I suggest that you research 1967 and 1968 Mustang tachs and the GT option.  We still may have a difference of opinion, but that is fine.

Bob Gaines

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Re: Redline on Tachometer?
« Reply #14 on: June 30, 2019, 04:34:32 PM »
# 459 built Dec.9/67 knee pad and 8000 tch with red line.
Interesting.  I believe the knee pads ran out in December, so that must have been one of the last ones.  Maybe the no redline tachs ran out just a little before the knee pads?
Apparently you didn't read or are ignoring information from other reply's. To restate other reply's the redline no redline was apparently random in 67 which all had knee pads but the redline or no redline tach had no apparent pattern of usage in 67 . Both were used from the factory in 67. That seems to contradict a early late hypothesis .The somewhat no pattern usage seemed to have continued to be so in 68 also.
I did read and I am not ignoring those replies.  1968 was a completely different situation due to the strike and the change in GT Mustang tachs from 1967 to 1968.  Also, many tachs on restored cars have had the redline added by Shelby "experts" who believed the redline had faded away or the non-redline tach was incorrect, which of course is wrong, but which makes it more difficult to date a production change.  For 1968, it seems that a running production change was likely, with the earlier cars having no redline.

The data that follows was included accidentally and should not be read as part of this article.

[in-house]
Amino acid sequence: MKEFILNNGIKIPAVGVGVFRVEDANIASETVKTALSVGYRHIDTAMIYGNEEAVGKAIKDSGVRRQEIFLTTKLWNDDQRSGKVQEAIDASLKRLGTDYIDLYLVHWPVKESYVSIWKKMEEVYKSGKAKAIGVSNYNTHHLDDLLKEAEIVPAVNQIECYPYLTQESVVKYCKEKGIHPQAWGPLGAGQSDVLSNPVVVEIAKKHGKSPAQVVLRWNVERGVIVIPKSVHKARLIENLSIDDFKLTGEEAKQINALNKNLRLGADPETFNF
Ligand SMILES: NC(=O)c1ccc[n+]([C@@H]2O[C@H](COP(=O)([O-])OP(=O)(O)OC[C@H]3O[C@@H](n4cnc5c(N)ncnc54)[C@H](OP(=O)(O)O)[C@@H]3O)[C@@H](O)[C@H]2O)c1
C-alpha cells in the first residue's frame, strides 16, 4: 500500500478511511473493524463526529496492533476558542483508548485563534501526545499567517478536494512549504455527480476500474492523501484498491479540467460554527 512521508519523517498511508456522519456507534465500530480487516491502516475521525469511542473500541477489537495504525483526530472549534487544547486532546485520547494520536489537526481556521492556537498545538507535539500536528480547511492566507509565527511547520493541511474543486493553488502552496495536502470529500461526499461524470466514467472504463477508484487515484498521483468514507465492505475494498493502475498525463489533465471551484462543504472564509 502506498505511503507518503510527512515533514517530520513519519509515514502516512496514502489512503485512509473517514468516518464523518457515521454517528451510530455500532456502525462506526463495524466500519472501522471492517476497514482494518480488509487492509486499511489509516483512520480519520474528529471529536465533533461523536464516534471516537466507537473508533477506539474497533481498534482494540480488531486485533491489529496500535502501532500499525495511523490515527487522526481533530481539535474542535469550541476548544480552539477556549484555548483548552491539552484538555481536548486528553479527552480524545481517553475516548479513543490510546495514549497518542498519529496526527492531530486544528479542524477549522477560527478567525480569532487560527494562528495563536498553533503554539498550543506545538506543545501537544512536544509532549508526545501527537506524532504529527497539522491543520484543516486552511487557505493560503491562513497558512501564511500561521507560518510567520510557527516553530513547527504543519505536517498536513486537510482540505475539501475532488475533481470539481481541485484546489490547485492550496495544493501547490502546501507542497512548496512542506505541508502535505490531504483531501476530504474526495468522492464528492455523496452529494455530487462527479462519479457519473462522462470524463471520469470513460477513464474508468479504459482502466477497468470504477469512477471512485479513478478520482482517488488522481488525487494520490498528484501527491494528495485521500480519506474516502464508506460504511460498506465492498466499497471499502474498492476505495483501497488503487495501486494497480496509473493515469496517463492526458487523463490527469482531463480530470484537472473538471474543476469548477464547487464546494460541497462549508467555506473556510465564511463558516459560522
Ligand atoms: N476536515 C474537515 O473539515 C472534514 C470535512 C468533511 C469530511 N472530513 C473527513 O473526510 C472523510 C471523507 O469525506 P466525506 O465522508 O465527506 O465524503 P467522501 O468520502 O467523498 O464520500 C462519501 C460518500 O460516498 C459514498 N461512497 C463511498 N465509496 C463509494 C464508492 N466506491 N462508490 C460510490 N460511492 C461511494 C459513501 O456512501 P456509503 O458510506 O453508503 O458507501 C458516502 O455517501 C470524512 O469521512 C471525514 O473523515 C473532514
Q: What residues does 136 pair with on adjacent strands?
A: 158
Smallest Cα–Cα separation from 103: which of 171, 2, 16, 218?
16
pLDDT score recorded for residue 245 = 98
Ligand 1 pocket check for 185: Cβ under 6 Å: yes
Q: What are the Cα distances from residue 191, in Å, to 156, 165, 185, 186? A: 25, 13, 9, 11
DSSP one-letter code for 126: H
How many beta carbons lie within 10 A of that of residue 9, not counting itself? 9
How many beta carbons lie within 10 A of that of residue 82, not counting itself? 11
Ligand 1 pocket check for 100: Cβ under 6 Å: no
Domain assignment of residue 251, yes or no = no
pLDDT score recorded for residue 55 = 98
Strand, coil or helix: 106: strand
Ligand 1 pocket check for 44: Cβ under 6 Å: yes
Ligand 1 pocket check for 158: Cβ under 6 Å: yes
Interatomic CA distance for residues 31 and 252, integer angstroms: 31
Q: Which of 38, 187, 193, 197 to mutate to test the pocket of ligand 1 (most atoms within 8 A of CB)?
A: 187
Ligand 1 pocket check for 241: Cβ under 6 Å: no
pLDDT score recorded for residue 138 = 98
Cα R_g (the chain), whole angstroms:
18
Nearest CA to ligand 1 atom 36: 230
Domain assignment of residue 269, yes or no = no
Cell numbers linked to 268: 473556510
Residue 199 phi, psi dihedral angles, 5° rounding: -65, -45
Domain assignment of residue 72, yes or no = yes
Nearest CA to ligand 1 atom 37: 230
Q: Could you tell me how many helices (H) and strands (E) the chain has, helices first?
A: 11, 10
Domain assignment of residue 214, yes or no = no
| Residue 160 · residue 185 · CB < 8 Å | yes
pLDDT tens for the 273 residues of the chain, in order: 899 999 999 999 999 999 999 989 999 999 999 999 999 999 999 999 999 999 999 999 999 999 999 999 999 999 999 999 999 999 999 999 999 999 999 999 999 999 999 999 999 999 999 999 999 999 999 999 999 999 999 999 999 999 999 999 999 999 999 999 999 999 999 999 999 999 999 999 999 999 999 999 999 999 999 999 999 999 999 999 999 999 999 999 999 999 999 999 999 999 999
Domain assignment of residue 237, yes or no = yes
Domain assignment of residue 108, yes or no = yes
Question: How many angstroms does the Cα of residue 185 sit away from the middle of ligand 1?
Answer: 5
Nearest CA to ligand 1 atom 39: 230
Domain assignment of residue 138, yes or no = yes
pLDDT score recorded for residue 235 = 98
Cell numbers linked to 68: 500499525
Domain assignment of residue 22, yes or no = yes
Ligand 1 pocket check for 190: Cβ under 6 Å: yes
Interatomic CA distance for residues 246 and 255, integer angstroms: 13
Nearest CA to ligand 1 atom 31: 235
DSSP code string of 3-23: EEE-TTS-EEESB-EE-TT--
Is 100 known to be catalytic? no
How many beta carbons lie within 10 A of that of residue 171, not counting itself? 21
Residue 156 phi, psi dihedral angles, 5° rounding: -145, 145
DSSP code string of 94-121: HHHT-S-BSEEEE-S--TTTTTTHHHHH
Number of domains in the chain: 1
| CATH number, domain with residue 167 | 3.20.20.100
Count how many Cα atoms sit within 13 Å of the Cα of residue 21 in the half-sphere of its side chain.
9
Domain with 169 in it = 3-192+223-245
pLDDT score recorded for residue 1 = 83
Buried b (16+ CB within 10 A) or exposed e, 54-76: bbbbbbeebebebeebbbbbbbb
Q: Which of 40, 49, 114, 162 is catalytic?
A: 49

Help me understand how you think in what way that the strike effected the tachs . Help me understand what you perceive as the main difference between 67 and 68 tachs. Thank you in advance for explaining your point of view.
I suggest that you research 1967 and 1968 Mustang tachs and the GT option.  We still may have a difference of opinion, but that is fine.
I was not trying to have a difference of opinion but only trying to understand your point of view as it relates to the discussion. I thought I asked a straight forward non combative statement. If you donít want to explain yourself after making a seeming out of context statements as it relates to the discussion without any back up then so be it. Maybe after you do YOUR research you will feel confident enough to answer my question so that we can continue the conversation.